The first of May turned out to be happy enough for us but it wasn’t for everyone. The centre of the city, it's heart, was choked off by barricades, closed bridges, and no public transport.
You can’t just be a visitor here and not get caught up at least a little.
The “Bloody Sunday” of 1969 and the “Taksim Square Massacre” of 1977 still live in the collective memory. And in the last year, protests against the chopping down of Gezi Park in favour of a shopping mall have made authorities very nervous. Today, 40 000 police are called in to maintain law and order.
The efficiency of the police force was impressive.
Over breakfast Th and I checked in with the news, anticipating there would be trouble because not everyone was happy with the closing of Taksim Square. "It can't be about today,” I said. Since the news was in Turkish and I was gleaning information from the pictures only, I was thrown when I saw drenched streets and wet people.
"It's raining there,” I said. “The sky is blue here.” It soon dawned on me that the wet came from the water cannons that were turned on people who tried to break through the barriers in order to get to their beloved Taksim Square.
Then our friends called and off we went for a day of exploration, and away from potential violence. Sometimes having a husband who is the strong silent type can be a bit trying but when it comes to leisure and you have no idea as to where you will be taken, it can work wonders. By about eleven, we were walking by the water to the bridge that connects Karakoÿ with the old centre of town, where peace reigned under the watchful eye of my Lady. The absence of public transport and the empty bridge made us aware, once again, of what was going on. We continued toward the appointed place.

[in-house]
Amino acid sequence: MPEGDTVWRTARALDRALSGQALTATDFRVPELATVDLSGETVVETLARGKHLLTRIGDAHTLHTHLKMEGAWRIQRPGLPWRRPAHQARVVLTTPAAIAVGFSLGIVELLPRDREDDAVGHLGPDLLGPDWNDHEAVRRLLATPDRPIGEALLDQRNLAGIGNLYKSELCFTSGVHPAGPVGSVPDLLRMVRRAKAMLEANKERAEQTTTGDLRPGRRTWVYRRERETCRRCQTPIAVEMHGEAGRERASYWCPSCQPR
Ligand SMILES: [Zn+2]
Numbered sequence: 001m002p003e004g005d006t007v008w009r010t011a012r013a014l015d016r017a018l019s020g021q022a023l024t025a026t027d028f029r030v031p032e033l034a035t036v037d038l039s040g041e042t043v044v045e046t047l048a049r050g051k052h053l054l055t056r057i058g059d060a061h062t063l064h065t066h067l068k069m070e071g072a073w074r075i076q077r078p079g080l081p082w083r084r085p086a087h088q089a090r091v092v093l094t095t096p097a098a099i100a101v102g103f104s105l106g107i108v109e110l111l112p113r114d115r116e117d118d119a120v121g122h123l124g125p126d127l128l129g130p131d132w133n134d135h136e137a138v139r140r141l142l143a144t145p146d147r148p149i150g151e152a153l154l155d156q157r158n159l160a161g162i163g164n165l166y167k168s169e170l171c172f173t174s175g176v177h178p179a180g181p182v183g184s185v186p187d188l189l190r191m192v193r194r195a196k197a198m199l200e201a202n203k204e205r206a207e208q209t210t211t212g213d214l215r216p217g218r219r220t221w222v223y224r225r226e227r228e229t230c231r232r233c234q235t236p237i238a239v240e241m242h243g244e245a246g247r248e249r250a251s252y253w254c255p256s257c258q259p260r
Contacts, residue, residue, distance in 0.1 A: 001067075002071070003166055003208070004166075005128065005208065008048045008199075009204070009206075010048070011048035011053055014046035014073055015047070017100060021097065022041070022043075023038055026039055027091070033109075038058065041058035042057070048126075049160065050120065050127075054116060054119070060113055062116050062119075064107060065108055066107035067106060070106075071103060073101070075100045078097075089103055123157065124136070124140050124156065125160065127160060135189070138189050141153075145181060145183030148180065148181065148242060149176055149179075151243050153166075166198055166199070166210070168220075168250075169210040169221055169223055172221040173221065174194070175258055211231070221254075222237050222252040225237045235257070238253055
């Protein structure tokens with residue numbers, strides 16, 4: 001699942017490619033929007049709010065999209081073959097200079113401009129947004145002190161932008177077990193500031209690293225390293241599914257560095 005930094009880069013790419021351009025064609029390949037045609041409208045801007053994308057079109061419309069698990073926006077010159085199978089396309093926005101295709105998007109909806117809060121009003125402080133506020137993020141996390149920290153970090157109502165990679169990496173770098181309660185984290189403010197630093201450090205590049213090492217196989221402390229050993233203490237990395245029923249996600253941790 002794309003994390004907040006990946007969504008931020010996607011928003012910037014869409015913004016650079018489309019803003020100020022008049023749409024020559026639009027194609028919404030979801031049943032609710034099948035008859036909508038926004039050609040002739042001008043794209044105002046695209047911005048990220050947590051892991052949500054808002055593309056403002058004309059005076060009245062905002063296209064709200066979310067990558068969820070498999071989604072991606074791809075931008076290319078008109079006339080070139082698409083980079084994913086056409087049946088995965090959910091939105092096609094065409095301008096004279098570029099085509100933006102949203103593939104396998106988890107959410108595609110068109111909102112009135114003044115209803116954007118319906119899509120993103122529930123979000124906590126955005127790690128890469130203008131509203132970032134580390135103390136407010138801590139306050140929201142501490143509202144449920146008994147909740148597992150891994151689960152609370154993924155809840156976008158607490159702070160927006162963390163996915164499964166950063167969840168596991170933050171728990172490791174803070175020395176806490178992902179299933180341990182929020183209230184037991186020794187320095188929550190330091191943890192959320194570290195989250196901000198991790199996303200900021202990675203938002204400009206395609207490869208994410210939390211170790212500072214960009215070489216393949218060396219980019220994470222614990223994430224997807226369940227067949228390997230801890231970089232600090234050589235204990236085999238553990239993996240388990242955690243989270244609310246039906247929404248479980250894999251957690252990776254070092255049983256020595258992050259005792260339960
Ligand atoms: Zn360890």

The electricity I started to feel in the air last night had intensified.
Since there was concern that they might not get out with the car from where they live, I was looking for a couple walking; Th flagged down a car. Theirs. Next I was expecting to spend time in the old town but soon we were off on an almost deserted road, Th and our friends joking about how easy driving in Istanbul was when roads were barricaded. When I asked how far we were going, I learned that we were heading for the Asian side.